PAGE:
Greenpeace ordered to stop oil rig disruption

Click to follow
The Independent Online
Greenpeace was last night served with an injunction preventing any further disruption of BP's drilling in Atlantic oil fields off the west coast of Scotland.

Following the decision by the Court of Sessions in Edinburgh, BP offered to suspend its action for pounds 1.4m damages provided the environmental campaigning organisation and its senior campaigners observed the injunction.

"BP's principal concern is not the recovery of damages," the company said, "rather, it is to ensure that its lawful operations are not interfered with and that safety is not compromised. BP has never questioned Greenpeace's right to campaign on climate change issues. But we do object to their employing unlawful tactics."

Greenpeace responded by agreeing to abide by the interdict, but vowed to continue opposing new oil exploration in the Foinaven field and elsewhere.

"BP is one of the richest oil companies in the world and is using its resources to stifle free and open discussion about environmental dangers that will affect us all," said Chris Rose, Greenpeace's acting executive director.

BP is suing Greenpeace for pounds 1.4m in damages for losses during the group's week-long occupation of the Stena Dee oil installation which ended on Sunday. It hopes to have the first of its new fields at Foinaven on stream and producing up to 100,000 barrels of oil a day by the end of the year.

On Monday, a Greenpeace bank account containing pounds 160,000 was frozen by the court and environmentalists claim the legal action could lead to bankruptcy and threaten the pressure group's survival.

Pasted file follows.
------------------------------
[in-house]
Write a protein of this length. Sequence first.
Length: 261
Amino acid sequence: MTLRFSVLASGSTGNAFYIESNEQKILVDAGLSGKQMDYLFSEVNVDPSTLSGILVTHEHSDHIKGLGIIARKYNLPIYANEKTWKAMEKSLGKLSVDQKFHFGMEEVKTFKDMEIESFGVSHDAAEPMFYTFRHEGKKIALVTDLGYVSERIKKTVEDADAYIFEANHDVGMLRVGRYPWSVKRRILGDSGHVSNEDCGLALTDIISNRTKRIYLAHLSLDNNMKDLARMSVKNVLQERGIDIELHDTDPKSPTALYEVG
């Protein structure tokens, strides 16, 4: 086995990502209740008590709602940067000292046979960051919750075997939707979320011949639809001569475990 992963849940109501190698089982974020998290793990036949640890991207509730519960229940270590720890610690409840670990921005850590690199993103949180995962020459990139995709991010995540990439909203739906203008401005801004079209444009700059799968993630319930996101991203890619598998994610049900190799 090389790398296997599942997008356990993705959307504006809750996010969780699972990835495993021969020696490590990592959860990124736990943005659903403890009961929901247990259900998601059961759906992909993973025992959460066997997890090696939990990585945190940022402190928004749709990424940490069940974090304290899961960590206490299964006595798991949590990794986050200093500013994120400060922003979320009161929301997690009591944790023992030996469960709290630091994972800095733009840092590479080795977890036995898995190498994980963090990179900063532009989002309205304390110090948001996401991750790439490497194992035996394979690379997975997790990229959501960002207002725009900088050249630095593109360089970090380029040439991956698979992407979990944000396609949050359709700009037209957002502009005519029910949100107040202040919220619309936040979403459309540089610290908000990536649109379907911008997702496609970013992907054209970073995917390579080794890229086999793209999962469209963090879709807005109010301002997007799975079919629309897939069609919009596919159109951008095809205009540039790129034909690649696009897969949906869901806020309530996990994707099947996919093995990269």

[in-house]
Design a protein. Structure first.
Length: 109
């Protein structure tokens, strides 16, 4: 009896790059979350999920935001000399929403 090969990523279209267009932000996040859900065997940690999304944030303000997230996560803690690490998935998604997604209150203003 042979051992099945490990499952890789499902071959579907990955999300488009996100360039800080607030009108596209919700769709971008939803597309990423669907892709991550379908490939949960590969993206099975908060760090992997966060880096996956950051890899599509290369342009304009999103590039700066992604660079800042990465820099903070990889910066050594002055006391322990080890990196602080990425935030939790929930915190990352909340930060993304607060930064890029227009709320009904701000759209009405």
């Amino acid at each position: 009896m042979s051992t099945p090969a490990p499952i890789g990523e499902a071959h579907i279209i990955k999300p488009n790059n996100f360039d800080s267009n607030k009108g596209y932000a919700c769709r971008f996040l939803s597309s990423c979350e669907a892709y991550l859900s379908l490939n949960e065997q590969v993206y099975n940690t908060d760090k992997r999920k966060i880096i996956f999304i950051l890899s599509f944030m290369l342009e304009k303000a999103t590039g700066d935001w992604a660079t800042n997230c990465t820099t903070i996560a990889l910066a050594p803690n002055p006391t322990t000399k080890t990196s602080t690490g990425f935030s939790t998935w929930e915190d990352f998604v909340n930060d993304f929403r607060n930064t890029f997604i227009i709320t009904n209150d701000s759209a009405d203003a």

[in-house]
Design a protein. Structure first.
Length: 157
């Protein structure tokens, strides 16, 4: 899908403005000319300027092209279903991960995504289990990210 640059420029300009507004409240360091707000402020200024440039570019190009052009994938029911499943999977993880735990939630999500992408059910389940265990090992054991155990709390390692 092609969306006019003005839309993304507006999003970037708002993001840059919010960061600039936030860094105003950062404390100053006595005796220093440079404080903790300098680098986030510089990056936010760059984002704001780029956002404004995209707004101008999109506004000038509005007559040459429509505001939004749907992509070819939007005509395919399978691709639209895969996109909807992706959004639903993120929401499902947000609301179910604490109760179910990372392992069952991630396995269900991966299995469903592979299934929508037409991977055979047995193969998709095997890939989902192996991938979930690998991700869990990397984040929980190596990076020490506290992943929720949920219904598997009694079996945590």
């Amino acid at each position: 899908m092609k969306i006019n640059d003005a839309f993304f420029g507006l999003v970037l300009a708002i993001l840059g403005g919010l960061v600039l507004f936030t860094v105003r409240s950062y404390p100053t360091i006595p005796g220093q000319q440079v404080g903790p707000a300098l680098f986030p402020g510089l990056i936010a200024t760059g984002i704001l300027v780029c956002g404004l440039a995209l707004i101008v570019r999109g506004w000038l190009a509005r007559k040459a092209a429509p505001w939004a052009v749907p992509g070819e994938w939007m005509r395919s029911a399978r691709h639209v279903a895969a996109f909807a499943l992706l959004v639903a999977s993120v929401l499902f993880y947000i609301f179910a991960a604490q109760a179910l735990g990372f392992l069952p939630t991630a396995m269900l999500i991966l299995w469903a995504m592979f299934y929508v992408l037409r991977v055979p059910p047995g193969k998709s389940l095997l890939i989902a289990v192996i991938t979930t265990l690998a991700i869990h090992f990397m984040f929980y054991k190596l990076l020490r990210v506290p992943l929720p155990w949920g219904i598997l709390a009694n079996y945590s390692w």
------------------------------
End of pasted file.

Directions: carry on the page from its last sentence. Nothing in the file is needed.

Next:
John Sauven, a Greenpeace campaign director, accused BP of bullying tactics. "Their profits amount to billions. It's a hugely profitable organisation. By comparison ours is tiny."

Mr Sauven described BP's seizure of assets as "insidious", adding: "We have skirmishes in court all the time but we've never experienced anything like this before."

He believed that BP's legal action against Greenpeace would backfire. It could only suggest that the oil company was extremely concerned about Greenpeace's plans to take on the Government and 21 oil companies, including BP, at the High Court in London next month in an attempt to have the oil exploration licences for the Atlantic frontier declared unlawful.

"One can only conclude that they are worried by the success of what Greenpeace is doing," said Mr Sauven. "They obviously thought they could go to the courts behind our backs and that would be the end of it ... What are they going to achieve by this? All they are doing is getting a lot of bad publicity."

Indeed, various political parties spoke out last night against BP's behaviour. The Liberal Democrats accused BP of "massively over-reacting".

Nick Harvey, the MP for Devon North, said it was "another example of a major multinational company using its massive legal muscle to crush legitimate opposition."

"Instead of putting all their energy into attacking Greenpeace, they should be putting their energy into developing solar power which will help to provide a solution to the challenge of climate change."

The Green Party said it had already called for an international boycott of BP products, particularly petrol stations.

Niki Kortvelyessy, speaker of the European Federation of Green Parties, said that groups in 70 countries would take part in the boycott.

She added: "Oil companies are determined to drain the planet of its last drop of oil, so we can burn it in the atmosphere, resulting in catastrophic change.

"It will be companies like BP who will be on the receiving end of demands for compensation in the future, but the amounts will run into trillions."

Comments